This new generation of small diesels emerged as beasts of a very different colour with better power/weight ratio and the ability to start ... “even when wet”. With the technical and marketing expertise of such manufacturers as Volvo Penta, Gardner, Kelvin and Perkins, the small marine diesel became clean and desirable.
Over the last twenty years Japanese manufacturers have grabbed the market by the throat and developed highly sophisticated, lighter weight, smoother and less expensive small engines which today dominate the small diesel market and rightly so.
The gains that we have made are freedom and flexibility for designers, reliability and lower costs for owners and an unprecedented expansion in the market for the boatbuilder not forgetting the invention of the modern marina.
That magic combination of small, high-speed, reliable ‘clean diesel’ engines and shiny, low maintenance GRP also led to the creation of today’s ‘weekend sailor’.
Step aboard and go..
The vast majority of those who put to sea these days can be properly described as ‘weekend sailors’.
He/she expects to step on board without getting the ‘Docksiders’ wet, ‘drive’ a boat (packed full of ‘goodies’ such as a refrigerator, TV, electric lighting, showers, air conditioning, fully kitted galley, electric winches, bow thrusters and enough electronic navigation equipment to make NASA jealous) with power to spare probably against the tide and wind. The pressures of ‘modern living’ mean getting out on a Friday evening and being back on Sunday ready for the office on Monday morning.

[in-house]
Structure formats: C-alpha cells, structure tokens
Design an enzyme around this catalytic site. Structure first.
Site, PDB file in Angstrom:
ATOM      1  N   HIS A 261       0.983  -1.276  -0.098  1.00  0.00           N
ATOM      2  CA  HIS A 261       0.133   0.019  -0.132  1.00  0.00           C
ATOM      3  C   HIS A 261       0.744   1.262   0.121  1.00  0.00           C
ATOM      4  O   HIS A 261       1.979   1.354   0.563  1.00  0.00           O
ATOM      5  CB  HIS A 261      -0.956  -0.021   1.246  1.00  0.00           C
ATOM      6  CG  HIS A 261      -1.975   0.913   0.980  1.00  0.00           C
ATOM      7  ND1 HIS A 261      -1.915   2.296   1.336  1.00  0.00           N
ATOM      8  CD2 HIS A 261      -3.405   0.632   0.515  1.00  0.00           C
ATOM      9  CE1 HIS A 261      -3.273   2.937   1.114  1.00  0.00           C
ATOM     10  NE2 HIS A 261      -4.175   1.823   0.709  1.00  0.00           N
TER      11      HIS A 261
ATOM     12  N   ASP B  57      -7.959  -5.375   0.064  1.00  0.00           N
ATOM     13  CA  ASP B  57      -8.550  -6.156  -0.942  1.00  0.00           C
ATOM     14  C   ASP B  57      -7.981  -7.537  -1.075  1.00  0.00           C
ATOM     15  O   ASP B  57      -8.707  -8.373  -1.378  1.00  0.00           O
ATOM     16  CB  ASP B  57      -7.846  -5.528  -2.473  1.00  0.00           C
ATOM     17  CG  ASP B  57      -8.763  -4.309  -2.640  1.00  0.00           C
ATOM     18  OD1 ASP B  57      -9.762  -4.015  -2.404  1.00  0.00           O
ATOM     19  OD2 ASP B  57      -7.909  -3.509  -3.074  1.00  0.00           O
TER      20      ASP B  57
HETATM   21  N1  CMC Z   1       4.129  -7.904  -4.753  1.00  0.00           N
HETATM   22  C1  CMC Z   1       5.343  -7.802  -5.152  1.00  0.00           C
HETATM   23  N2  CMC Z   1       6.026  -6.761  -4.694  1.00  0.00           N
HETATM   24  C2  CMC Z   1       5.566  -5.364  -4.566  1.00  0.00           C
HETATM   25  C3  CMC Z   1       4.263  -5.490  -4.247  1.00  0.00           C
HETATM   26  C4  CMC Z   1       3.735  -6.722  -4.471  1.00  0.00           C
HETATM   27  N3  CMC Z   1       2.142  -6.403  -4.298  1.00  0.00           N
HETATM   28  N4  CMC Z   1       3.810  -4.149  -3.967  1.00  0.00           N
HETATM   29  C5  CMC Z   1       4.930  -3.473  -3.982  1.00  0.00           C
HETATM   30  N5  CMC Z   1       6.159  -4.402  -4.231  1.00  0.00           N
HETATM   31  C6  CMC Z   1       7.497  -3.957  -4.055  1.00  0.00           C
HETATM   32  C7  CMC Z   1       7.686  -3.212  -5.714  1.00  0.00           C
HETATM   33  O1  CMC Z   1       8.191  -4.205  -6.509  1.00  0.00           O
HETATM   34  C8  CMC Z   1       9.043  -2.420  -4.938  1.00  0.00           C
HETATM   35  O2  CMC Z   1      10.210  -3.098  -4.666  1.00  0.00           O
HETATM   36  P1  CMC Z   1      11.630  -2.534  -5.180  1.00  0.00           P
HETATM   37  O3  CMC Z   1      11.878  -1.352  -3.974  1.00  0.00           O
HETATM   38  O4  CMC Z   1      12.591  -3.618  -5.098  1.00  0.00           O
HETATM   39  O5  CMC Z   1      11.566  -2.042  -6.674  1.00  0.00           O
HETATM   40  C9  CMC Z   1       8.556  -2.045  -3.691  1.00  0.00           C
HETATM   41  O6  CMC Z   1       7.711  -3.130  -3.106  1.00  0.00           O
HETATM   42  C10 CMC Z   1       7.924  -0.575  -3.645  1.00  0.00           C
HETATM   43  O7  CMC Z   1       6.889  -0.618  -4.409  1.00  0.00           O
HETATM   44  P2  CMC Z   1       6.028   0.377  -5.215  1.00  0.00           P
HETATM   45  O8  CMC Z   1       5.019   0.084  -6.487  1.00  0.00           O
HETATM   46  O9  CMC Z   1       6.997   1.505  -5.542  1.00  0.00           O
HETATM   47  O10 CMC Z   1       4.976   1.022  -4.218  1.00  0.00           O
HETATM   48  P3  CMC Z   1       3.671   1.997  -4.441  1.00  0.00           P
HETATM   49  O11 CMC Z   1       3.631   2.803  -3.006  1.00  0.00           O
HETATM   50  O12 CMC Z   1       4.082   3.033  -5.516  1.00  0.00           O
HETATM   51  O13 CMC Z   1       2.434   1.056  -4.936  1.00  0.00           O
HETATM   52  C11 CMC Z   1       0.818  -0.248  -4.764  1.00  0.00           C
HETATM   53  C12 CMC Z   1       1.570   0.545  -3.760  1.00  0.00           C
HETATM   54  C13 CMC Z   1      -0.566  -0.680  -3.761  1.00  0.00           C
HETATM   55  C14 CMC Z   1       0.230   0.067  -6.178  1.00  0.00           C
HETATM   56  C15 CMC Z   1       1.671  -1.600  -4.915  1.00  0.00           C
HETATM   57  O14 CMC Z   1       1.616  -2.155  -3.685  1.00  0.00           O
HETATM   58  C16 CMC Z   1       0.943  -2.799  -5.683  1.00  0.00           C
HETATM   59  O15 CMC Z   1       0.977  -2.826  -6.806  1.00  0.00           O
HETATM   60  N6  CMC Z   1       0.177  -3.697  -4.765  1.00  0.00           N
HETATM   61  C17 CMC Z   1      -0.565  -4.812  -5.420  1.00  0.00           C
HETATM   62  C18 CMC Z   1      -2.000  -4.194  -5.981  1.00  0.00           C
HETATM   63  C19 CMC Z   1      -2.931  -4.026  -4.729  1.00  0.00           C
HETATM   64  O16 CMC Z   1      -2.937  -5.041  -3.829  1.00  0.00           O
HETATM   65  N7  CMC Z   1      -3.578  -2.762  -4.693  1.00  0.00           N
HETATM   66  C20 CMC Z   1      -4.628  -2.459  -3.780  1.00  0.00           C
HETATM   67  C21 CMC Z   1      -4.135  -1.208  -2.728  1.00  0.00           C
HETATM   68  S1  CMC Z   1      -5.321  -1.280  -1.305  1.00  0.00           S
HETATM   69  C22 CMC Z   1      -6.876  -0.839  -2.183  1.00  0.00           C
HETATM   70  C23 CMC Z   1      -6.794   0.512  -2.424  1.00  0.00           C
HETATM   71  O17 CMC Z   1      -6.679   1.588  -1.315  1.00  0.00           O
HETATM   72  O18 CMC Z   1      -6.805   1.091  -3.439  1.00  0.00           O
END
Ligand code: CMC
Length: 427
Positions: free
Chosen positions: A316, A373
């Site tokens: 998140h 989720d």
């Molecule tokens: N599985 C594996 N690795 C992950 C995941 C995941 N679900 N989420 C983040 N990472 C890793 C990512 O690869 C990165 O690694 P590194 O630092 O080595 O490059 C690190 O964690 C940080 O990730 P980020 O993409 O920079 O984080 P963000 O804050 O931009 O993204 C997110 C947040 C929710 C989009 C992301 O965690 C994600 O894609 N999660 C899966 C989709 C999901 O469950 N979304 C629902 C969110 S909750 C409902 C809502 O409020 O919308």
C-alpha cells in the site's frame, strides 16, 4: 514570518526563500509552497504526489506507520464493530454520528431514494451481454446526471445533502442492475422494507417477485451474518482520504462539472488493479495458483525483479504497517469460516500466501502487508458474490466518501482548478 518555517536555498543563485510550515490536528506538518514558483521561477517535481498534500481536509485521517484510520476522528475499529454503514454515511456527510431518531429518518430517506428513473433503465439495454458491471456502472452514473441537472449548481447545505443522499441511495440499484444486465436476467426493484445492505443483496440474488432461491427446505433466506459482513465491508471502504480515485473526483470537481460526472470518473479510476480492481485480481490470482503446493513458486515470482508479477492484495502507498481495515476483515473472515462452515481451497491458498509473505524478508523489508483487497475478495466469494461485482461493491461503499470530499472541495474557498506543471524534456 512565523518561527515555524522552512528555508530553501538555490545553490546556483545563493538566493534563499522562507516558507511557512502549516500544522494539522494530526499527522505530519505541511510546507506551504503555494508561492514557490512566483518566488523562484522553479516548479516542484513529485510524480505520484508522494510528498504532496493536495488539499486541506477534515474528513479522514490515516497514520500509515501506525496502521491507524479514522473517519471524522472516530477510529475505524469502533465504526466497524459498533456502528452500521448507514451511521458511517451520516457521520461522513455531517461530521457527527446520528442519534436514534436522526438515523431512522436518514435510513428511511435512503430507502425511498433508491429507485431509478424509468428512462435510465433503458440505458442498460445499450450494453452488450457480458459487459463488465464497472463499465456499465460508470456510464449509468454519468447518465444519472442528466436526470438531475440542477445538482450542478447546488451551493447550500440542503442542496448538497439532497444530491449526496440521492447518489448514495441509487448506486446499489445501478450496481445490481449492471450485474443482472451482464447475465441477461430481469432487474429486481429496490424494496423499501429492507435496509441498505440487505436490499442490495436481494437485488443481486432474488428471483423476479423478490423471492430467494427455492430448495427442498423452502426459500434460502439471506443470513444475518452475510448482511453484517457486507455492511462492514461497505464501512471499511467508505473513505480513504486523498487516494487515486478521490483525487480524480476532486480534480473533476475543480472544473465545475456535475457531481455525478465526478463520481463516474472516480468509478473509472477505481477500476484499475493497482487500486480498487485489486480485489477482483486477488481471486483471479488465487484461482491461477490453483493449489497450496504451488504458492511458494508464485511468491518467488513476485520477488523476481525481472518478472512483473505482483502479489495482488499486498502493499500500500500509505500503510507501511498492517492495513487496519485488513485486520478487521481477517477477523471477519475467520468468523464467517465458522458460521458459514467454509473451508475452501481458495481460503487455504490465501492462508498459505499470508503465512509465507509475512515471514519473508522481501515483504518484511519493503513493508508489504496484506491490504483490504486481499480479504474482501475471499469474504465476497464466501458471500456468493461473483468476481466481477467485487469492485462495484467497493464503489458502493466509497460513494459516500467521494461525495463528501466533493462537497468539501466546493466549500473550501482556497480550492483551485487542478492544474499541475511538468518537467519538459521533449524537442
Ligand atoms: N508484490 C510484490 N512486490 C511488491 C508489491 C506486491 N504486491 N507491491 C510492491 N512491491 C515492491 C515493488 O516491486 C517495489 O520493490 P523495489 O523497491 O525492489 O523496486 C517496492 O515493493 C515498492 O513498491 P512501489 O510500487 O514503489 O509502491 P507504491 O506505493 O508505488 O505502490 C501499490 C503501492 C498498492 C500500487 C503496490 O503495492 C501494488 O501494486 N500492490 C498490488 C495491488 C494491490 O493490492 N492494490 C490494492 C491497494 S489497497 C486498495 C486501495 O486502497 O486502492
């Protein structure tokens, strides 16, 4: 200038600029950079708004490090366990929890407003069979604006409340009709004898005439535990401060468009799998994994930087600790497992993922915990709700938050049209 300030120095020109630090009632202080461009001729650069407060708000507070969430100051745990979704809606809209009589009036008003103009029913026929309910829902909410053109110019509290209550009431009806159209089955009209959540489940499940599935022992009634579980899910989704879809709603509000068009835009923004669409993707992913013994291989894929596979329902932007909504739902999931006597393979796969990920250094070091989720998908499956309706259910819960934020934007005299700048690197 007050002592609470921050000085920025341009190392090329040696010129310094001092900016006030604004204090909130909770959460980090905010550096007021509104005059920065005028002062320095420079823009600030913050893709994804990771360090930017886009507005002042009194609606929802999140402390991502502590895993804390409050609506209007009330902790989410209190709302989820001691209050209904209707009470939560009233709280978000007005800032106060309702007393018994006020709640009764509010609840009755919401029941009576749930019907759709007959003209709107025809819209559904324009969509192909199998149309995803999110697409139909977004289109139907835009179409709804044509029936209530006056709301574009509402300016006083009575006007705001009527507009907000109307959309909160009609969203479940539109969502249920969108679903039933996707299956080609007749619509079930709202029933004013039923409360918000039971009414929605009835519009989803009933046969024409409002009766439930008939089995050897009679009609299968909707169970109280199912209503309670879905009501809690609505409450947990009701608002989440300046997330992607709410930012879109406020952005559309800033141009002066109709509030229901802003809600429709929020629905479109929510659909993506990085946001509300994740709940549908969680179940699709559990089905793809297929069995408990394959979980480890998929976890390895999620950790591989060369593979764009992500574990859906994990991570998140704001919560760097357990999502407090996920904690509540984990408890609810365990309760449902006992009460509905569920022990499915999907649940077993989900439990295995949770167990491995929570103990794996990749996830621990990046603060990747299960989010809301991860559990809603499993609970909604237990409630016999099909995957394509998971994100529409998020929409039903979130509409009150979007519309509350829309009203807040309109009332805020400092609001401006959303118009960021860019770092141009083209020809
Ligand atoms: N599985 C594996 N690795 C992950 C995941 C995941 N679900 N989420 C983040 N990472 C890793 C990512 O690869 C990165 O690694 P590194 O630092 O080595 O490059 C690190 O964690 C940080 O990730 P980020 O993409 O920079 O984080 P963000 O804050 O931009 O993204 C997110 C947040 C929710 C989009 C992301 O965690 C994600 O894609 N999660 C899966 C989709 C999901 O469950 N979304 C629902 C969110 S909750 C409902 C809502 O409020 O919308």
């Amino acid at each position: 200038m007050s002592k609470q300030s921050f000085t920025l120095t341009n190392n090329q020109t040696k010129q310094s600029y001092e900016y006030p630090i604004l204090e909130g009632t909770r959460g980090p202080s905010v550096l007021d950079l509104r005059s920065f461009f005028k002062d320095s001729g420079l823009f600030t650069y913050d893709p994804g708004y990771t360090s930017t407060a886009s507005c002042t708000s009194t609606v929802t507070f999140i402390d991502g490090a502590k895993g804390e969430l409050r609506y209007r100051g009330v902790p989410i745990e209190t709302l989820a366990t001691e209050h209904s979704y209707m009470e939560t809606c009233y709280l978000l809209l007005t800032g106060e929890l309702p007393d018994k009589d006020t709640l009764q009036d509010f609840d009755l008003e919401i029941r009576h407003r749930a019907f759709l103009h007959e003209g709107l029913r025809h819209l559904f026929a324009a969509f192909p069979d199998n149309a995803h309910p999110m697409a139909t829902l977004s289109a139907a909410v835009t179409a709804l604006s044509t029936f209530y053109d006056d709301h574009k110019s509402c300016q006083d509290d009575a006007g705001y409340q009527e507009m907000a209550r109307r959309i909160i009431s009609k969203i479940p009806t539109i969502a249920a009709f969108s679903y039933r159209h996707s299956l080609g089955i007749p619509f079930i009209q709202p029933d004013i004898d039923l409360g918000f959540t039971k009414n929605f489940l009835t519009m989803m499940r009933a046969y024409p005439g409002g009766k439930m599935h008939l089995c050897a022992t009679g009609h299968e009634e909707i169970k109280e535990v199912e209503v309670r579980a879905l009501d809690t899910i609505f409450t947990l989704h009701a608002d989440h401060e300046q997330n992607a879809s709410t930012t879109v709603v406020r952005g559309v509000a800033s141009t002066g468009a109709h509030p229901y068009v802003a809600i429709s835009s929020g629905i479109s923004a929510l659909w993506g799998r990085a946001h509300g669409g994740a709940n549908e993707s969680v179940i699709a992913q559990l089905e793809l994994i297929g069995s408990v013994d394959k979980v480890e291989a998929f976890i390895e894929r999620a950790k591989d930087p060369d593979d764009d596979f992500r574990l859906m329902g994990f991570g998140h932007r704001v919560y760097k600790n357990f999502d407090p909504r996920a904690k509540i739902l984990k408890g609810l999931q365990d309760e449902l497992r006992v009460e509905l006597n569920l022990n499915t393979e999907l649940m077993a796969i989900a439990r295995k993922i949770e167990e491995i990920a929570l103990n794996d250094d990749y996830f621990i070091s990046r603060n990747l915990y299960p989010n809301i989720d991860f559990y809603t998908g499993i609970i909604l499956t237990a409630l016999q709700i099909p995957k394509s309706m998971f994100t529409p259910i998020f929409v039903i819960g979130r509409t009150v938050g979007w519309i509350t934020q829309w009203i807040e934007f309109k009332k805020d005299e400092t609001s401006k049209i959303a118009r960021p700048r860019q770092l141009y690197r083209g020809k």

The combination of that engine, that material and the enormous expansion of marinas (which is a direct result) can make all this possible and if the English weather forgets the plot then we can stay on the pontoon and enjoy the surrounding facilities and amenities.
This culture benefits the small craft industry right down the line from designers, builders and marina owners to chandlers, marine engineers, sail and rigging makers, insurance companies, banks and finance houses and, of course, yacht brokers and small craft surveyors.
And the whole industry of charter and flotilla holidays is built solely on this mindset.
Internal combustion reigns supreme
By the end of the twentieth century the internal combustion engine had taken over the world and, with it, the marine industry. Now we must look for alternatives that will benefit future generations.
Sadly, our long love affair with the piston driven internal combustion engine must go into decline because it is not an efficient mechanism. It does not achieve complete combustion and therefore expels polutants. It burns fossil fuels thereby creating nitrogen oxides, carbon monoxide and carbon dioxide all of which seemingly add to the greenhouse effect. It is smelly, noisy, vibrates and, with a multitude of metal-to-metal parts, is inherently unreliable and wears out.
And, if we want to bang a final nail into the coffin, the internal combustion engine that we are likely to have fitted in our next floating dream (assuming it to be in perfect tune and condition) will only transfer about a third of the available energy in the fuel into useful thrust from the propeller.
So to suggest that heavy, longer term R&D investment should be put into the internal combustion engine, particularly piston driven machinery, for the benefit of future generations would seem to be foolishness in the extreme. In the short term ‘next generation clean diesel engines’ is a worthwhile attempt but in reality it is only smoothing the path towards the day when this century old technology draws its pension.
We need the next breakthrough in motive power. Just as Nikolas Otto and Rudolf Diesel revolutionised engine design and thinking at the turn of the last century, we too need some radical thought backed by strong R&D and a willingness for the application.
One thing is certain - the next generation is going to demand a ‘greener’ solution than the internal combustion engine will be able to supply. It’s time for the engineers to get back to the drawing board.
Roger Josty (May, 2005)